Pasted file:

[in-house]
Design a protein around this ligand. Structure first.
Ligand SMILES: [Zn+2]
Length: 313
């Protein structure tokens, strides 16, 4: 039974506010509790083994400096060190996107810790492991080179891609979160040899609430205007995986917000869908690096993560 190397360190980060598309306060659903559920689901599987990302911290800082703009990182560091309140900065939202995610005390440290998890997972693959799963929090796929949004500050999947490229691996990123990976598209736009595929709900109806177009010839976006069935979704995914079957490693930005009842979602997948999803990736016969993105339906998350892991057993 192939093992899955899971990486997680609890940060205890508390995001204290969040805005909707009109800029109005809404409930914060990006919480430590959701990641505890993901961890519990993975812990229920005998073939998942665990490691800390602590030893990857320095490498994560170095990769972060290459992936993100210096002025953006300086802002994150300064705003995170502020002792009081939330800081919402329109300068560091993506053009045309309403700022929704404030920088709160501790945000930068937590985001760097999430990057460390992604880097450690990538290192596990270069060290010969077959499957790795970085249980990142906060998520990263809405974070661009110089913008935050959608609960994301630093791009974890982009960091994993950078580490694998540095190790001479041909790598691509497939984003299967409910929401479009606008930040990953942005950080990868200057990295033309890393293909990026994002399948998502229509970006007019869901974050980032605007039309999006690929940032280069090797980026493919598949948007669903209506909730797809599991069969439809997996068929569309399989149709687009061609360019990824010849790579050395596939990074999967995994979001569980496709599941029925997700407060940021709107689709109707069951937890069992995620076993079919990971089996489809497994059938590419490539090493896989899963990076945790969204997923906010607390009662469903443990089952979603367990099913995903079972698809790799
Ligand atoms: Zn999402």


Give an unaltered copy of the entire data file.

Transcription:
[in-house]
Design a protein around this ligand. Structure first.
Ligand SMILES: [Zn+2]
Length: 313
């Protein structure tokens, strides 16, 4: 039974506010509790083994400096060190996107810790492991080179891609979160040899609430205007995986917000869908690096993560 190397360190980060598309306060659903559920689901599987990302911290800082703009990182560091309140900065939202995610005390440290998890997972693959799963929090796929949004500050999947490229691996990123990976598209736009595929709900109806177009010839976006069935979704995914079957490693930005009842979602997948999803990736016969993105339906998350892991057993 192939093992899955899971990486997680609890940060205890508390995001204290969040805005909707009109800029109005809404409930914060990006919480430590959701990641505890993901961890519990993975812990229920005998073939998942665990490691800390602590030893990857320095490498994560170095990769972060290459992936993100210096002025953006300086802002994150300064705003995170502020002792009081939330800081919402329109300068560091993506053009045309309403700022929704404030920088709160501790945000930068937590985001760097999430990057460390992604880097450690990538290192596990270069060290010969077959499957790795970085249980990142906060998520990263809405974070661009110089913008935050959608609960994301630093791009974890982009960091994993950078580490694998540095190790001479041909790598691509497939984003299967409910929401479009606008930040990953942005950080990868200057990295033309890393293909990026994002399948998502229509970006007019869901974050980032605007039309999006690929940032280069090797980026493919598949948007669903209506909730797809599991069969439809997996068929569309399989149709687009061609360019990824010849790579050395596939990074999967995994979001569980496709599941029925997700407060940021709107689709109707069951937890069992995620076993079919990971089996489809497994059938590419490539090493896989899963990076945790969204997923906010607390009662469903443990089952979603367990099913995903079972698809790799
Ligand atoms: Zn999402």